"I can't ethically tell you who I treat," Kopelson said as he surveyed the room.
Yet his client list is sufficiently stellar that some here refer to him as the next big celebrity dermatologist, the likely successor to the late Dr Arnold Klein, a publicity-loving physician best known for having treated Michael Jackson, or Dr Fredric Brandt, the Manhattan dermatologist to whom Kopelson often lent his Beverly Hills office whenever Madonna summoned Brandt to town.
"The world is always - always - looking for a star dermatologist," said Joan Kron, a journalist and filmmaker who spent decades chronicling the worlds of surgical and dermatologic cosmetic medicine for magazines like New York and Allure. "There's always this tremendous desire to find the best, though, basically, it's hard to know who the best is."
Until his death in 2015, many in the entertainment industry viewed Brandt as that person. A quirky cosmetic dermatologist whose self-administered experiments with rejuvenating substances led to the creation of a buffoonish character on a Netflix show (and, it was suggested, his eventual suicide), Brandt's not-so-secret client list included some of the most famous faces in the world.
"Fred had this tremendous, loyal following and he served them very well," Kron said. "Part of it was service - flying to London for Madonna every time she needed an injection. That was nice."
In data compiled by the American Academy of Dermatology, its 11,000 practicing members reported spending no more than 8 percent of their office time on cosmetic procedures, a figure that skews differently in a town like Los Angeles, where, as Sandra Ballentine, the beauty editor-at-large for W magazine, said, "All the smart people have a regular regimen of à la carte treatments where, instead of going invasive with plastic surgery, they do a little something here, a little something there, every month."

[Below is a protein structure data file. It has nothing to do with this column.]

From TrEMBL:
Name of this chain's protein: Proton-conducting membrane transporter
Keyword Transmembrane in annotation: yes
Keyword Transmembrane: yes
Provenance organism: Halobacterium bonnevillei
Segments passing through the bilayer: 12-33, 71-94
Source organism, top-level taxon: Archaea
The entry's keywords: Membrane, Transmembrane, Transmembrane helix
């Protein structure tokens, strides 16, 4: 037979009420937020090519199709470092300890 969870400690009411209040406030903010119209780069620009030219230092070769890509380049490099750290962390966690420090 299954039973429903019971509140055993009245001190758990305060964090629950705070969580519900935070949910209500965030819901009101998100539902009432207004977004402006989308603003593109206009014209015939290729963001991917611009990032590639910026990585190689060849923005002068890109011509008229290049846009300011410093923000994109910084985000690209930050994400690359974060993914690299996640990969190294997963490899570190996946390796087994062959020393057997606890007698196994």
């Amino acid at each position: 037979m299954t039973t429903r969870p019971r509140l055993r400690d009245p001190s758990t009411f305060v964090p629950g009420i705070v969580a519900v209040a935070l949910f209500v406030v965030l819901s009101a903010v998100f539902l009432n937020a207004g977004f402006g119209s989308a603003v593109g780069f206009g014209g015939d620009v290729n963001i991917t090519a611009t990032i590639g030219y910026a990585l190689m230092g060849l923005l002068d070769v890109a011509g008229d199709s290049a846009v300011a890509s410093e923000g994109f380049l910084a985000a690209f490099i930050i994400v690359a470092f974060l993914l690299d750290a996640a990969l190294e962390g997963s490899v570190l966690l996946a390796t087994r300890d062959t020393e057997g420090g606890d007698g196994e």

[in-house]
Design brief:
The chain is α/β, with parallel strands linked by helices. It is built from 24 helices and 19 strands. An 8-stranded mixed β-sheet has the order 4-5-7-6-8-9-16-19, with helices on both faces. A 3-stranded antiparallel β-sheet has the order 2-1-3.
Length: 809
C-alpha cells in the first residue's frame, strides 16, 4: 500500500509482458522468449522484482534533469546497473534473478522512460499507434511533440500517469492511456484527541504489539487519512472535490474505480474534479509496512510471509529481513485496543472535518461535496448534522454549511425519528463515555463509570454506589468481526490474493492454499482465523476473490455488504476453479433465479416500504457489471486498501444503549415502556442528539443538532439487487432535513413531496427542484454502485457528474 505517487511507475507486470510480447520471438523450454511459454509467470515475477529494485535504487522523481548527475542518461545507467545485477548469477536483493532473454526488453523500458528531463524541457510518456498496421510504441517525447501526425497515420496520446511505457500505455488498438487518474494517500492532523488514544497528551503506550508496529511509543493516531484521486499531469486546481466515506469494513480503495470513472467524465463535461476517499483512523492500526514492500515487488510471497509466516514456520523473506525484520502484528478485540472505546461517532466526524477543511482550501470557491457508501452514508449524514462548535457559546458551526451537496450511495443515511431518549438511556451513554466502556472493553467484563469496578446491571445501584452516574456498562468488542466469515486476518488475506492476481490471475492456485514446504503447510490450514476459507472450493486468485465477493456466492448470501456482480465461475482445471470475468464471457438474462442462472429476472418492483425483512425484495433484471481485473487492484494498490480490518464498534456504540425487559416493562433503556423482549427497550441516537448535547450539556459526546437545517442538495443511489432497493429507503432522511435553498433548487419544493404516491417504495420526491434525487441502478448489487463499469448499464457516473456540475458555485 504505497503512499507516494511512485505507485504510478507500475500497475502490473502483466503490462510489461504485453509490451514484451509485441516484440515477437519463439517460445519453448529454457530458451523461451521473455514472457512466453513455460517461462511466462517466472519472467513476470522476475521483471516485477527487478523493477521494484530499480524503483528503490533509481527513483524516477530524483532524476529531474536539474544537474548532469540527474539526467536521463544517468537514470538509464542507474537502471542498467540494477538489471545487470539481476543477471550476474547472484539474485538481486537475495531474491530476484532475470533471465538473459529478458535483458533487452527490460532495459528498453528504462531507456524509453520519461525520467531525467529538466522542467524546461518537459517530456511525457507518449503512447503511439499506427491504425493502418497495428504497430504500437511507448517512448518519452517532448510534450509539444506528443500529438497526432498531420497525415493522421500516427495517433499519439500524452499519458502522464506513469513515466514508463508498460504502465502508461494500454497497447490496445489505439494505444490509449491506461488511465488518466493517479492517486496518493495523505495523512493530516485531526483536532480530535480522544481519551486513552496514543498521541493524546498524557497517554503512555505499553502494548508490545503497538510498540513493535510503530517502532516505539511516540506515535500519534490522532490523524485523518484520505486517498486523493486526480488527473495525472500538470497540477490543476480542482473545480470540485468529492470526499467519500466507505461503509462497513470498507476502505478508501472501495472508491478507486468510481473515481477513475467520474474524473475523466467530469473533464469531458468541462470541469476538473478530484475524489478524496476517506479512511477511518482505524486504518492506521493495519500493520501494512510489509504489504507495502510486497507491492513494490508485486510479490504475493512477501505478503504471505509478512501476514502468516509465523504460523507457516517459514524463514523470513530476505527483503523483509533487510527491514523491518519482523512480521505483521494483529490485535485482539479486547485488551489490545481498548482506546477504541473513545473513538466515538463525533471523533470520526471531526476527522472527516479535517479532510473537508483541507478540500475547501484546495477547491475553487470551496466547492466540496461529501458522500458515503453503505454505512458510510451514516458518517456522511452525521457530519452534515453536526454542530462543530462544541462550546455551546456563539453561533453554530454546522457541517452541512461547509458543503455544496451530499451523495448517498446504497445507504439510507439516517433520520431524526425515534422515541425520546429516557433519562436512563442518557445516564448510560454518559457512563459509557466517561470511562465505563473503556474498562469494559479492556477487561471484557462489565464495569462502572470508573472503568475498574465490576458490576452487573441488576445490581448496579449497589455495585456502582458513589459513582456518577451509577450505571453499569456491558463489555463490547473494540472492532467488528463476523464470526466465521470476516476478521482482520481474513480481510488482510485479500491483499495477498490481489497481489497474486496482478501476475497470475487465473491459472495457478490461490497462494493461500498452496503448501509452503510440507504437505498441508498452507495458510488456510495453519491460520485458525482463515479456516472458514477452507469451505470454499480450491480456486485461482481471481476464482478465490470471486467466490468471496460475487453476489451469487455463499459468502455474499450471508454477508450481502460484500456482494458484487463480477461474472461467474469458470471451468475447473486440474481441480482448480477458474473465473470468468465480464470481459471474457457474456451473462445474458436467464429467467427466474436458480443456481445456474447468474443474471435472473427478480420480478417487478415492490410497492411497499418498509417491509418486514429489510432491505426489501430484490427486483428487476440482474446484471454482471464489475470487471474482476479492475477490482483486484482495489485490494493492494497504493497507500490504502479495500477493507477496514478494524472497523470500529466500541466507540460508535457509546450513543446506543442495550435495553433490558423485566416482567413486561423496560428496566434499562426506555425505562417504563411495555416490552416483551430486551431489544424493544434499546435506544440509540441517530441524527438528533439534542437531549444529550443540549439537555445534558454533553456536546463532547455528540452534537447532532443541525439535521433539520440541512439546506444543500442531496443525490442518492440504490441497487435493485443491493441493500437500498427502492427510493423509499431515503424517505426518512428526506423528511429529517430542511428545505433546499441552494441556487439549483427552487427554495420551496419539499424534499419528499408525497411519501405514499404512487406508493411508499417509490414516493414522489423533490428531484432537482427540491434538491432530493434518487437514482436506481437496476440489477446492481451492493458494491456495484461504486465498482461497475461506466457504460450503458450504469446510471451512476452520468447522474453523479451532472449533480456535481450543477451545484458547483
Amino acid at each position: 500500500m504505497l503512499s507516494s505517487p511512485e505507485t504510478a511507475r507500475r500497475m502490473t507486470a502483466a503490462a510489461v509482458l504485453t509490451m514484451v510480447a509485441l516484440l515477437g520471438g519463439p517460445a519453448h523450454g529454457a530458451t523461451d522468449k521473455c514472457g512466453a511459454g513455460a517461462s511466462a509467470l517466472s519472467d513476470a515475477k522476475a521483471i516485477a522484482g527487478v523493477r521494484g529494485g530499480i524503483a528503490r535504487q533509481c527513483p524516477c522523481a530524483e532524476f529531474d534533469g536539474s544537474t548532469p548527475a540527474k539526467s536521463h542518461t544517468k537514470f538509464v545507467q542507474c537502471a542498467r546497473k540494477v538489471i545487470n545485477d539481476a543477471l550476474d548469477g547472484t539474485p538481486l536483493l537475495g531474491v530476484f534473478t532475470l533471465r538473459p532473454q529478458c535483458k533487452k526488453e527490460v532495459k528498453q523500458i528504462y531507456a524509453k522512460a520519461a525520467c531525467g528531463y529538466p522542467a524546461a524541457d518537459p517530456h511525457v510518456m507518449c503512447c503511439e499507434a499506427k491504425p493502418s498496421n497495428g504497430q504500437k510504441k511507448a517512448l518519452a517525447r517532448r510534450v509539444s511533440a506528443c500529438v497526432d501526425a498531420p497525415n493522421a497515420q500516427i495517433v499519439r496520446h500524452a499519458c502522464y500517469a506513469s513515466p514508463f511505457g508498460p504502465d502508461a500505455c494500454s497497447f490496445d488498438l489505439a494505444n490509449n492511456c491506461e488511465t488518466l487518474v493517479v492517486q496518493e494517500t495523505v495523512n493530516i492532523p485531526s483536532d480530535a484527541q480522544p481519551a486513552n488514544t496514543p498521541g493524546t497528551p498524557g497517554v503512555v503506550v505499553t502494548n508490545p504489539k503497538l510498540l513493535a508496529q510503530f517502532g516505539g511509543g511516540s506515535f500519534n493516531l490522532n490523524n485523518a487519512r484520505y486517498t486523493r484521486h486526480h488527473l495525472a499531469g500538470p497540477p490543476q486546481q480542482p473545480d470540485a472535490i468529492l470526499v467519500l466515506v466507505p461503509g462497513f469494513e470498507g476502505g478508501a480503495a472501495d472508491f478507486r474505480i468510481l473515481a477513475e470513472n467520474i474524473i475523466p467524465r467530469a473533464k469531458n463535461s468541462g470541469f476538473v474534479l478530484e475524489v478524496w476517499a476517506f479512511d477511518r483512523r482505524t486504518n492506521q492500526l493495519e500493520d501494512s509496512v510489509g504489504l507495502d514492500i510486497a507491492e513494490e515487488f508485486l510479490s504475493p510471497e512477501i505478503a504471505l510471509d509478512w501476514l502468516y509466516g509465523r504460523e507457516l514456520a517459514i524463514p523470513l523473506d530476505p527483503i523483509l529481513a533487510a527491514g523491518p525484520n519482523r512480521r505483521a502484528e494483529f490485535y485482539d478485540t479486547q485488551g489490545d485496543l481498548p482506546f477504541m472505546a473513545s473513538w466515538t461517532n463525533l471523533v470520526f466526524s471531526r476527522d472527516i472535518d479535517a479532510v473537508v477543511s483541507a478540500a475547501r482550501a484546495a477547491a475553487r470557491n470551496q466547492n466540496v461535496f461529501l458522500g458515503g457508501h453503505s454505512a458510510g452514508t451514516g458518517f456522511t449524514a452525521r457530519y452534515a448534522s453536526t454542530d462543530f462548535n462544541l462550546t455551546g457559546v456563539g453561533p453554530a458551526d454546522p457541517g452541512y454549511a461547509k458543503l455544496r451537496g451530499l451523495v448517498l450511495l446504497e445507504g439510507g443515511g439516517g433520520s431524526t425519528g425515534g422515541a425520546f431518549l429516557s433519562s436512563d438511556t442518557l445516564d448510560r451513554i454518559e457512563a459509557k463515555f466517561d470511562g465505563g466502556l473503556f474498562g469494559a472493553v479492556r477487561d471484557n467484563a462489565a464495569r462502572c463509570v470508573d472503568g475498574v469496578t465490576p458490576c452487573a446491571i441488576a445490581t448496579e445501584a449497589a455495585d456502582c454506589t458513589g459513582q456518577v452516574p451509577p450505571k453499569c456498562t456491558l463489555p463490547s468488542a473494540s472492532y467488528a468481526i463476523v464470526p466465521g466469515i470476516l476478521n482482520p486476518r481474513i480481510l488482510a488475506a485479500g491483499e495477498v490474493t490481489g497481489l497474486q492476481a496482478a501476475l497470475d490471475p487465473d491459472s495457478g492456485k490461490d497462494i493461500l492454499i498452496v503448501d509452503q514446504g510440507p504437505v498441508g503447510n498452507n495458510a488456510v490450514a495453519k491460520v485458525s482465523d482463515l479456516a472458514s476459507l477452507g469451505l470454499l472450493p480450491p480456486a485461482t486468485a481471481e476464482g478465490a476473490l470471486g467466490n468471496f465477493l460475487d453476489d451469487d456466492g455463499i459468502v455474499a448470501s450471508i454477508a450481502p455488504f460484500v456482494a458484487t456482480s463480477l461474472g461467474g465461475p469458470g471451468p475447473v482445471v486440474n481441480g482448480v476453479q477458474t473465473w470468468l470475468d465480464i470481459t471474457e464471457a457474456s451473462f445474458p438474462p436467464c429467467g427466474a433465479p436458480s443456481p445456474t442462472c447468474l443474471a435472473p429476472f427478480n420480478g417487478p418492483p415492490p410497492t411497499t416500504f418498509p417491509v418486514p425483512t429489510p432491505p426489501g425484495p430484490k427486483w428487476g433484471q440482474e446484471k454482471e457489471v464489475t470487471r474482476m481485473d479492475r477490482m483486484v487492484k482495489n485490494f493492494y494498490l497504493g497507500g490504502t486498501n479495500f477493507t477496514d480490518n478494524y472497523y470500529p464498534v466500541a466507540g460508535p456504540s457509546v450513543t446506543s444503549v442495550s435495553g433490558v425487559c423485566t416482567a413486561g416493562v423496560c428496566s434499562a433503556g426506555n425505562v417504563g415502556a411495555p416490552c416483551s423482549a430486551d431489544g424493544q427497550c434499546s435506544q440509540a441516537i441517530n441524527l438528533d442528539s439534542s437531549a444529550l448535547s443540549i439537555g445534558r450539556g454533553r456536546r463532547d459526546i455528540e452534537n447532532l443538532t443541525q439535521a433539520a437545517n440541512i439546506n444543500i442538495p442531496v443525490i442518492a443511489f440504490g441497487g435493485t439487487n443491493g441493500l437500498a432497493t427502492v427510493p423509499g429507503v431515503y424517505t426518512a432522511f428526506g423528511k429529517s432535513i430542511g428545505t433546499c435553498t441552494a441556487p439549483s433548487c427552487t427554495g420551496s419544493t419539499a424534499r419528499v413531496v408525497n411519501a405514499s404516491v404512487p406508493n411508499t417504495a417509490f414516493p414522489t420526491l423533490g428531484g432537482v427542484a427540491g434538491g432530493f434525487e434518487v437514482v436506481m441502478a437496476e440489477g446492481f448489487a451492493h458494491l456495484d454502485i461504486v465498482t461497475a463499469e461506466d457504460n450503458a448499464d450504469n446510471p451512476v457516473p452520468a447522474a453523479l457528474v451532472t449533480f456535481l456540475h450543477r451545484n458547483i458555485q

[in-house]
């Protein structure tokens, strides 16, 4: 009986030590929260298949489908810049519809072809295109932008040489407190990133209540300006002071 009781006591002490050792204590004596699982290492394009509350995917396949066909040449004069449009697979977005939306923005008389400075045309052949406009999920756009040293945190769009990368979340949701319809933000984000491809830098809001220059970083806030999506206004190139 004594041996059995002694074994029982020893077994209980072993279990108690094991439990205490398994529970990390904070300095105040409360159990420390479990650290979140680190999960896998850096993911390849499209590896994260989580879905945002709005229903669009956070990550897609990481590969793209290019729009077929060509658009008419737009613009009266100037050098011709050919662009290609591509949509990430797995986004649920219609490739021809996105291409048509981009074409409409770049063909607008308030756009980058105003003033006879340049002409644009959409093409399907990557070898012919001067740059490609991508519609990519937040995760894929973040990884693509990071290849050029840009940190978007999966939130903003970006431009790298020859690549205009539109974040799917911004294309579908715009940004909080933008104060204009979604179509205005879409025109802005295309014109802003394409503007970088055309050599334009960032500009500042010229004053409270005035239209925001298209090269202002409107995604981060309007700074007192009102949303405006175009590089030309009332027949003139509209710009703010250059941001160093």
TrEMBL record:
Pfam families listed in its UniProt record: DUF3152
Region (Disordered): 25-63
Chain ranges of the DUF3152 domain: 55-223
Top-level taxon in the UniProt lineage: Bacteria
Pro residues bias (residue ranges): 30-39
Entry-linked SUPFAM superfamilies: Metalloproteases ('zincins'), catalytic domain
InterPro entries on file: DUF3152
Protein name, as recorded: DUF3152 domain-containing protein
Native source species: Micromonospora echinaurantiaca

While Kopelson may not be a "big self-promoter", as Ballentine added: "He is one of those Hollywood doctors that people say, 'Oh, you need to see him if you're having work done. He's the one.'" For Kevin Connolly, an actor and director best known for his role in the HBO series Entourage, visits to Kopelson are as much part of a regimen "as going to the dentist", self-maintenance being part of an actor's job description and aging the enemy of all in a youth-obsessed field. "You kind of have to try to get out in front of it," Connolly said in a phone interview.
Still, his visits to Kopelson are not, he said, for the purpose of being injected with, say, US$800 vials of Botox or to have a US$475 Genesis laser treatment for pore tightening, or a US$1,200 session with a Titan laser to keep his jawline firm. Like every Hollywood person interviewed for this article, Connolly claimed to see a dermatologist only to keep an eye on suspicious moles.
"When you look at people in Hollywood now, it's like you're looking at an athlete at the peak of performance," said Linda Wells, the chief creative officer at Revlon and former editor-in-chief of Allure. In the entertainment industry, she added: "The bar is set so high now that their skin has to be perfection. Their toes have to be perfect. They are perfect on the bottoms of their feet." In the age of Instagram, when every famous face is potentially subject to an iPhone ambush, extreme vanity is more necessity than sin. "Suddenly you find your image is up on someone else's feed," Wells said. "And you can't take it down."